United States Oil Fund: Contango Effects Explained

Saturday, October 10, 2009

I found this very useful text about the United Staes Oil Fund (USO) and the full implications that a contango market has on its performance. THe original tesxt can be found in Seeking Alpha, and I posted only the most interesting parts:

"The US Oil Fund holds long positions in West Texas Intermediate crude oil futures contracts, and rolls these contracts forward each month. Like most futures traders, USO buys futures with leverage, putting up a small portion of the money to buy the contracts. The rest of the money is invested in Treasuries, which generates interest income for the fund.

Three factors play a role in determining the performance of USO:

1) changes in the spot price of crude oil
2) interest income on un-invested cash
3) the roll yield.

The first two factors are easily understood, but the third factor, 'roll yield' should be examined further in order to determine the extent, if any, to which traders of USO will be surprised by its performance in relation to spot crude oil.

First, some background: Oil futures are available for each month of the year, so you can buy a futures contract right now which gives you the right to buy oil in February 2009, March 2009, April 2009, and so on.

Currently, the price of oil in February 2009 is less than the price of oil in April 2009, a condition that is referred to as 'contango'. Most commodity funds, including the US Oil Fund buy what is called the 'near month' contract and, because they do not want to take physical delivery of the commodity, they sell the current month's contract before it expires and buy into next month's contract. This process is called 'rolling forward', and it can result in the ETF paying up if the forward month contract is higher than the current month (contango), or cashing out if the opposition condition exists (backwardation).

To investigate the issue, I read through the 'risk factors' section of the USO prospectus. The following is relevant:

In the event of a crude oil futures market where near month contracts trade at a lower price than next month contracts, a situation described as ‘‘contango’’ in the futures market, then absent the impact of the overall movement in crude oil prices the value of the benchmark contract would tend to decline as it approaches expiration. As a result, the total return of the Benchmark Oil Futures Contract would tend to track lower. When compared to total return of other price indices, such as the spot price of crude oil, the impact of backwardation and contango may lead the total return of USOF’s NAV to vary significantly. In the event of a prolonged period of contango, and absent the impact of rising or falling oil prices, this could have a significant negative impact on USOF’s NAV and total return.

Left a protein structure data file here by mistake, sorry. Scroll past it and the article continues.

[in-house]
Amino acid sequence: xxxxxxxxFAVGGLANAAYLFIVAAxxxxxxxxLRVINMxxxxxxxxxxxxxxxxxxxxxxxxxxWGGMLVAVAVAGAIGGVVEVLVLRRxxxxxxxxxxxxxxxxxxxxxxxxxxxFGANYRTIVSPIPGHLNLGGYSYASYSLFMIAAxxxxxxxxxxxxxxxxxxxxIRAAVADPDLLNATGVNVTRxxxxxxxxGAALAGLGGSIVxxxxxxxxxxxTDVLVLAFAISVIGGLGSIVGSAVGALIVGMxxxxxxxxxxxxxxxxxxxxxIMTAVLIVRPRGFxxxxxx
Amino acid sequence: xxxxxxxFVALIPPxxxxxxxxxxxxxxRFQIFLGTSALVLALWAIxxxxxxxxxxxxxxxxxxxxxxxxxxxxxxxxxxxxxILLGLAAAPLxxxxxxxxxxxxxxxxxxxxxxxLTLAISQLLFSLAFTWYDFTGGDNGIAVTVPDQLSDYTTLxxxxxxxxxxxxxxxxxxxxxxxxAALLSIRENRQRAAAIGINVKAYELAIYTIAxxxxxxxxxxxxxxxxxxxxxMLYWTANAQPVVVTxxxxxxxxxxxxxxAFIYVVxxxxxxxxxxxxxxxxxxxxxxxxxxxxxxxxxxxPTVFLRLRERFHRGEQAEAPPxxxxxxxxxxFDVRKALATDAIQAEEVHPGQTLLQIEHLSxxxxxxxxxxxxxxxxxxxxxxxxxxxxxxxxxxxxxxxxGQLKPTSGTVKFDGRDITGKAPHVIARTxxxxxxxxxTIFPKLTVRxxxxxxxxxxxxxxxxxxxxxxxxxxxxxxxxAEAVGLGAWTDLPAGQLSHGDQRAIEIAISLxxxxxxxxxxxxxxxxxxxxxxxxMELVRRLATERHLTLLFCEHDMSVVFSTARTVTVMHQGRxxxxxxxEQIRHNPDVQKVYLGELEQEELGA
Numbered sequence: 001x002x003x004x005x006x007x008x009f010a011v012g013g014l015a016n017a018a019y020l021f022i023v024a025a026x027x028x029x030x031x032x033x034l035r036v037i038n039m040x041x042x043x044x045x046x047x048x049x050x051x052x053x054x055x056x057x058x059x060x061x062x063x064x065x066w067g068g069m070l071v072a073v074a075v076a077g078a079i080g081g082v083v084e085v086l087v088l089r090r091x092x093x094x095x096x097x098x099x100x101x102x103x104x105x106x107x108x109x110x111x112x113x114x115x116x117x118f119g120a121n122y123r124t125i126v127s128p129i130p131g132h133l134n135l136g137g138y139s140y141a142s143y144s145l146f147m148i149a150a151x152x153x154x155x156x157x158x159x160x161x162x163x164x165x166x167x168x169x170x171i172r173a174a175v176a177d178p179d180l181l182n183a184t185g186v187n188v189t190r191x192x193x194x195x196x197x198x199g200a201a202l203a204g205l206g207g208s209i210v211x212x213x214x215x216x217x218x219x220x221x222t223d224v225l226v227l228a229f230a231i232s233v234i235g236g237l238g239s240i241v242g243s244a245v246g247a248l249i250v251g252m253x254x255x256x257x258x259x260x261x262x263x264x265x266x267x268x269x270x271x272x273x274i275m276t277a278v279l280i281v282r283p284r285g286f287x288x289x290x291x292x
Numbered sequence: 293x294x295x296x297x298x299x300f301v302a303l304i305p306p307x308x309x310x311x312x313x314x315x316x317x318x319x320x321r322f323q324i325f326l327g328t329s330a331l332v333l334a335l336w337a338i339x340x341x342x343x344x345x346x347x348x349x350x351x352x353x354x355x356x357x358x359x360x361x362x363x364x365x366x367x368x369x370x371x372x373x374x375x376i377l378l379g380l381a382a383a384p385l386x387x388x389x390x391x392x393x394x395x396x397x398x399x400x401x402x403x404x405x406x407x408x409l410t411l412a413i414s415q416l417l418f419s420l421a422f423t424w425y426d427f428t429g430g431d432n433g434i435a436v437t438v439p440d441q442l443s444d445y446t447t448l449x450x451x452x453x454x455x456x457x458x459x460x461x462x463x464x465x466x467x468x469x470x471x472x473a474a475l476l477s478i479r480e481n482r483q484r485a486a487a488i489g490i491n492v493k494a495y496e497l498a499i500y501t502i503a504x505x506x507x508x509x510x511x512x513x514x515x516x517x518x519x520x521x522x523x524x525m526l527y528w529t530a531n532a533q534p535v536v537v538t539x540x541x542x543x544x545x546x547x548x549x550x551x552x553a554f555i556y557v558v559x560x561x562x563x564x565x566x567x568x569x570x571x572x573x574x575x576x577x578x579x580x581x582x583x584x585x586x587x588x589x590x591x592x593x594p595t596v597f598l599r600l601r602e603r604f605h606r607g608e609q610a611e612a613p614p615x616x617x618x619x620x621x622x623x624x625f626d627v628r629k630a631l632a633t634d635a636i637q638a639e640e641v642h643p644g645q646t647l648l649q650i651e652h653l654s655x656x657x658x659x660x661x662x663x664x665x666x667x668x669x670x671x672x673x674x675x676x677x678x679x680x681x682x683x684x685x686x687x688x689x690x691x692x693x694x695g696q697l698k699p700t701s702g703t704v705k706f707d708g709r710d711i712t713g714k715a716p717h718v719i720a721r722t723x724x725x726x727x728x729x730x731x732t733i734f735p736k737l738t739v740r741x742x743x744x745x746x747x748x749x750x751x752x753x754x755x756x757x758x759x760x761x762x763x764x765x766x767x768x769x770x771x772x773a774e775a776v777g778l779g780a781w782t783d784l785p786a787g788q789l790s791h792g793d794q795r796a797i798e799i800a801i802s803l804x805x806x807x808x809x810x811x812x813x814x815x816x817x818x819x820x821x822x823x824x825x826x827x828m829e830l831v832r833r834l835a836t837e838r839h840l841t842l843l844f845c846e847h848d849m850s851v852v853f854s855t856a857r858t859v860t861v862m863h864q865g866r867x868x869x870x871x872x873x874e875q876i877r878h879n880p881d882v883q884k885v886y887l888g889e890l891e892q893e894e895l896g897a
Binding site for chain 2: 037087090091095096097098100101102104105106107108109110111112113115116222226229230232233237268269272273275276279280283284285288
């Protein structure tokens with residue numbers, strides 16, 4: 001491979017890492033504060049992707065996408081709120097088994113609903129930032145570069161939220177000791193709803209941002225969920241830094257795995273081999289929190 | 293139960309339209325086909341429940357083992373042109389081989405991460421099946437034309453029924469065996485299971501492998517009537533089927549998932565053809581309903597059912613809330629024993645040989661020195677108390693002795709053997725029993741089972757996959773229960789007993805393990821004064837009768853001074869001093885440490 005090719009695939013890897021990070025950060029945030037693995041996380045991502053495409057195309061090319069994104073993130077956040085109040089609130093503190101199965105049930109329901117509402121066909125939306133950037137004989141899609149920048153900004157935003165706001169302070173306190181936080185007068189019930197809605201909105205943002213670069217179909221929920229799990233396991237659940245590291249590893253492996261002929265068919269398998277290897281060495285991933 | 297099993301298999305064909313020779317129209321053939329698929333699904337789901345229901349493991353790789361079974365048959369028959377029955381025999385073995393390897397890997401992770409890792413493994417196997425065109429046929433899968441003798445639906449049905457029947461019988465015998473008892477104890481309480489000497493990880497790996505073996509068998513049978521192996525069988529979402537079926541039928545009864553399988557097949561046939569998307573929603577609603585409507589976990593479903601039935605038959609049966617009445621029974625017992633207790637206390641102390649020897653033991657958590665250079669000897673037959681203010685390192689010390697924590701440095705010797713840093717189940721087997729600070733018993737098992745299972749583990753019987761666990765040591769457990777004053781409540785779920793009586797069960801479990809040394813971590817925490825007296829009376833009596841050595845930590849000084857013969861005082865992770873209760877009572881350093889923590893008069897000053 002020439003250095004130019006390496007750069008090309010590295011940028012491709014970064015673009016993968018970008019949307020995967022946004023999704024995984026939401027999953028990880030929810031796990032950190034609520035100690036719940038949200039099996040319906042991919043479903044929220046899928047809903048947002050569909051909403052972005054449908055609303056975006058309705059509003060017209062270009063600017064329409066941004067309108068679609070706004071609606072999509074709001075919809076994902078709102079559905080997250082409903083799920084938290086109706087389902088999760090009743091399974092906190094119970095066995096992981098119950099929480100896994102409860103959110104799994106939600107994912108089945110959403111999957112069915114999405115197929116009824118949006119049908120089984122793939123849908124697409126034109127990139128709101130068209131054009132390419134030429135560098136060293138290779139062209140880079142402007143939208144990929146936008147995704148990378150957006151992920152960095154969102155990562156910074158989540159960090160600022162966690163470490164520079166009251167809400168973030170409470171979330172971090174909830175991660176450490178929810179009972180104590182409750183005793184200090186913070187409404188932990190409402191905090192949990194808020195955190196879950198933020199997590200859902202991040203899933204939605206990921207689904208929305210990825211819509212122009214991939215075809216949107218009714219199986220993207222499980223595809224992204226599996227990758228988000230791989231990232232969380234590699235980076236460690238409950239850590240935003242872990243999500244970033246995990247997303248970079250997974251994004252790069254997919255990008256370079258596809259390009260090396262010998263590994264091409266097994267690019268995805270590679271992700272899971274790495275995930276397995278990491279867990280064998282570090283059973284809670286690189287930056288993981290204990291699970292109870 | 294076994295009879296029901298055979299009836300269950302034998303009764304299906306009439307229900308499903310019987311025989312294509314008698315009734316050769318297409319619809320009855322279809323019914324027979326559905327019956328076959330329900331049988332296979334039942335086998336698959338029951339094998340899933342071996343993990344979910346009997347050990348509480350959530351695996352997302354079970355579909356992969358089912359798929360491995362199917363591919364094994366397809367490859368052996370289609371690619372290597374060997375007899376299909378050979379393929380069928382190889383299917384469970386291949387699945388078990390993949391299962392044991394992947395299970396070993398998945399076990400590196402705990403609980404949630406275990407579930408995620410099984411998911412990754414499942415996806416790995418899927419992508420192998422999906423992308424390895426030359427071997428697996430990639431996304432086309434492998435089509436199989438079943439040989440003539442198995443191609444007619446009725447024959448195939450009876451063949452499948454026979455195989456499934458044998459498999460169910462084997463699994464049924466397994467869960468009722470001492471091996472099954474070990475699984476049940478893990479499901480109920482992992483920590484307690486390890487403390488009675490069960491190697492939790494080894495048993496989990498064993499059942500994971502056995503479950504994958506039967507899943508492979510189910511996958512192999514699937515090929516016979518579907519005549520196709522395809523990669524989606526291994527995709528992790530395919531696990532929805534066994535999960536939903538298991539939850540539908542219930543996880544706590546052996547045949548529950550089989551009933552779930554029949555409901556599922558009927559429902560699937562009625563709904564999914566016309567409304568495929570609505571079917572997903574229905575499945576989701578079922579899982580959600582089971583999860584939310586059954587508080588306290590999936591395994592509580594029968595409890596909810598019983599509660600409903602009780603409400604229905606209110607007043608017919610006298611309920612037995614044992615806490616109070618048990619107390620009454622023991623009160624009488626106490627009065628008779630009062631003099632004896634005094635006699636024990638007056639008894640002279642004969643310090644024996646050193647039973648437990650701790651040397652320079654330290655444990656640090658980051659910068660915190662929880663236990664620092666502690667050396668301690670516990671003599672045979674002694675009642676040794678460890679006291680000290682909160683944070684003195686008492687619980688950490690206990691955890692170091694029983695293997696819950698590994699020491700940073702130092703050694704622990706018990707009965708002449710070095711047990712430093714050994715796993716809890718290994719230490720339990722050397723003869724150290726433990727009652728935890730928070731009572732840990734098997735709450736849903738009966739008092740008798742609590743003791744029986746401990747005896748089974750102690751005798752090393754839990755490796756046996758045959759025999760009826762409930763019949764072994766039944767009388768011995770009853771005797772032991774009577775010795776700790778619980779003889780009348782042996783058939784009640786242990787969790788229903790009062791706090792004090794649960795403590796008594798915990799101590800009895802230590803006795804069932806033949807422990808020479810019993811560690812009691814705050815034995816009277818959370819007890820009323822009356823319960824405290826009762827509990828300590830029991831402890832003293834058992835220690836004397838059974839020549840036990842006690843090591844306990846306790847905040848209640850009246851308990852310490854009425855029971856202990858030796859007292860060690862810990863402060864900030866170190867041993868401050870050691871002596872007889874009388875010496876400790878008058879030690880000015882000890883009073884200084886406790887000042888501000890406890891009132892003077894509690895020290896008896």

In essence, the USO prospectus is warning traders that USO may experience a negative 'roll yield' that may cause the NAV of USO to deviate significantly from the spot price of crude. Is there historical precedence for USO deviating from spot oil by a material amount? As it turns out, the answer is 'yes.'

During the past two years, including 2006, these markets have experienced contango. This has impacted the total return on an investment in USOF units during the past year, relative to a hypothetical direct investment in crude oil. For example an investment made in USOF units on April 10 and held to December 31, 2006 decreased, based upon the changes in the closing market prices for USOF units on those days, by 23.03%, while the spot price of crude oil for immediate delivery during the same period decreased 11.18%.

The conclusion, at this stage of analysis, is that USO is not a direct play on the spot price of crude oil - it is, instead, a play on the spot price, forward prices, and the relationship between spot and forward (the slop of the futures curve).

For a trader who is long USO, my instinct is that maintenance or aggravation of the contango in crude oil will cause impairment of the value of USO in relation to spot crude - whereas, any mitigation of the contango situation (including a shift to a flatter curve or backwardation) will enhance the performance of USO.

I plan to study this issue more extensively. But, in the mean time, I will not consider USO to be a good proxy for the spot price of crude oil - and I will be particularly leery of participating in USO for anything other than a short-term trade." in Seeking Alpha

When trading oil ETF`s, or crude oil futures on NYMEX you have to not look for low comissions to trade but also to add the implications that a contango or a backwardation market might have on your trading results.

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